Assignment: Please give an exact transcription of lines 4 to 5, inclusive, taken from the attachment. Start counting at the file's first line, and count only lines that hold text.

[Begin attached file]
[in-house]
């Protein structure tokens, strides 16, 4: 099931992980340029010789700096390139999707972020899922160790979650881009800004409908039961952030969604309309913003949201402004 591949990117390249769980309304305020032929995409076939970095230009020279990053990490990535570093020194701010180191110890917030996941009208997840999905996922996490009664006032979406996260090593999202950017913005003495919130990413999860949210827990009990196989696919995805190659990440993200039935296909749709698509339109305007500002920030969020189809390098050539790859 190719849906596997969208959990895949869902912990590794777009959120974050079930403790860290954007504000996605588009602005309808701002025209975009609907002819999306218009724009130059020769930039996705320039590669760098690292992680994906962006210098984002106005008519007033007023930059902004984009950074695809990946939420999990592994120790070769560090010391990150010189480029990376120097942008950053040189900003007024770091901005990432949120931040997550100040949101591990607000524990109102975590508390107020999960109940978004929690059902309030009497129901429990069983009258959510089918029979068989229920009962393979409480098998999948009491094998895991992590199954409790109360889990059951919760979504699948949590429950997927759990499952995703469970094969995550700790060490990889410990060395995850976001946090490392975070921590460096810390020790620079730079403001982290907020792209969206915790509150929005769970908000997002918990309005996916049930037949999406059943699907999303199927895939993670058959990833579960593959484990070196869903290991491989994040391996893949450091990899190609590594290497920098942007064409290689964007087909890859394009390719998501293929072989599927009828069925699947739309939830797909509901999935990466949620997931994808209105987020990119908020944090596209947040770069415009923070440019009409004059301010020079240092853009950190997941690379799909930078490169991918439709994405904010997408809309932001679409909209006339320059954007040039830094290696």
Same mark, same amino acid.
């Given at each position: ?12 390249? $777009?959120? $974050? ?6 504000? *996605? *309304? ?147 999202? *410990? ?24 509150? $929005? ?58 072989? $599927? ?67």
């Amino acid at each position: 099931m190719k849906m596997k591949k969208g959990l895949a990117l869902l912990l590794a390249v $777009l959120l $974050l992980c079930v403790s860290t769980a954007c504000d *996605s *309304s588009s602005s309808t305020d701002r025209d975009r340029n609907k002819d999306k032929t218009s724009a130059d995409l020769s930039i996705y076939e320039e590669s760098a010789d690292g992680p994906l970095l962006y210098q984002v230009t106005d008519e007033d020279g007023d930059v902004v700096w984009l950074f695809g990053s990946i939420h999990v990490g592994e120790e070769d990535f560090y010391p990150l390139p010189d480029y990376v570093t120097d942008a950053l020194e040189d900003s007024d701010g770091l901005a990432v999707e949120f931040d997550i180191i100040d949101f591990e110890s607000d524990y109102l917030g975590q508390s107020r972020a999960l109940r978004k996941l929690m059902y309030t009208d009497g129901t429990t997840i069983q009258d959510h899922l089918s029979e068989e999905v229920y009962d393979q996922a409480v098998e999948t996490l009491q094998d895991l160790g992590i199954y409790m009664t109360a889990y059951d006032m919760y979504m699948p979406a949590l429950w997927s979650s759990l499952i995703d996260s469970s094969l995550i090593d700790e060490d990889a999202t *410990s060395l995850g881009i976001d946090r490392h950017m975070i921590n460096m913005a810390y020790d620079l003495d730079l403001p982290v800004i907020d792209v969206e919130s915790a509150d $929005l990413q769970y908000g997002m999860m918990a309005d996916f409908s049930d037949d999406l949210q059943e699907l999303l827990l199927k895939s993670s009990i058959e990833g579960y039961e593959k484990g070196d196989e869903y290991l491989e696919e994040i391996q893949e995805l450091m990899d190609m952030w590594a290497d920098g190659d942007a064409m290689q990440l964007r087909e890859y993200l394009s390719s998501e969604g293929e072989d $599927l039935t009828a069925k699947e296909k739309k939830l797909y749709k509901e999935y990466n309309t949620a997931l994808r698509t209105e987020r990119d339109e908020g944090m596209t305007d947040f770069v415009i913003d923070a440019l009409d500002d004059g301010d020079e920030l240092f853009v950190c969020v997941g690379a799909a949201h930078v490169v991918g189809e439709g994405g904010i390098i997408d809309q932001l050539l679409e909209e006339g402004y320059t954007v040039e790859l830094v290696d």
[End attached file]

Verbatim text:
């Given at each position: ?12 390249? $777009?959120? $974050? ?6 504000? *996605? *309304? ?147 999202? *410990? ?24 509150? $929005? ?58 072989? $599927? ?67």
């Amino acid at each position: 099931m190719k849906m596997k591949k969208g959990l895949a990117l869902l912990l590794a390249v $777009l959120l $974050l992980c079930v403790s860290t769980a954007c504000d *996605s *309304s588009s602005s309808t305020d701002r025209d975009r340029n609907k002819d999306k032929t218009s724009a130059d995409l020769s930039i996705y076939e320039e590669s760098a010789d690292g992680p994906l970095l962006y210098q984002v230009t106005d008519e007033d020279g007023d930059v902004v700096w984009l950074f695809g990053s990946i939420h999990v990490g592994e120790e070769d990535f560090y010391p990150l390139p010189d480029y990376v570093t120097d942008a950053l020194e040189d900003s007024d701010g770091l901005a990432v999707e949120f931040d997550i180191i100040d949101f591990e110890s607000d524990y109102l917030g975590q508390s107020r972020a999960l109940r978004k996941l929690m059902y309030t009208d009497g129901t429990t997840i069983q009258d959510h899922l089918s029979e068989e999905v229920y009962d393979q996922a409480v098998e999948t996490l009491q094998d895991l160790g992590i199954y409790m009664t109360a889990y059951d006032m919760y979504m699948p979406a949590l429950w997927s979650s759990l499952i995703d996260s469970s094969l995550i090593d700790e060490d990889a999202t *410990s060395l995850g881009i976001d946090r490392h950017m975070i921590n460096m913005a810390y020790d620079l003495d730079l403001p982290v800004i907020d792209v969206e919130s915790a509150d $929005l990413q769970y908000g997002m999860m918990a309005d996916f409908s049930d037949d999406l949210q059943e699907l999303l827990l199927k895939s993670s009990i058959e990833g579960y039961e593959k484990g070196d196989e869903y290991l491989e696919e994040i391996q893949e995805l450091m990899d190609m952030w590594a290497d920098g190659d942007a064409m290689q990440l964007r087909e890859y993200l394009s390719s998501e969604g293929e072989d $599927l039935t009828a069925k699947e296909k739309k939830l797909y749709k509901e999935y990466n309309t949620a997931l994808r698509t209105e987020r990119d339109e908020g944090m596209t305007d947040f770069v415009i913003d923070a440019l009409d500002d004059g301010d020079e920030l240092f853009v950190c969020v997941g690379a799909a949201h930078v490169v991918g189809e439709g994405g904010i390098i997408d809309q932001l050539l679409e909209e006339g402004y320059t954007v040039e790859l830094v290696d």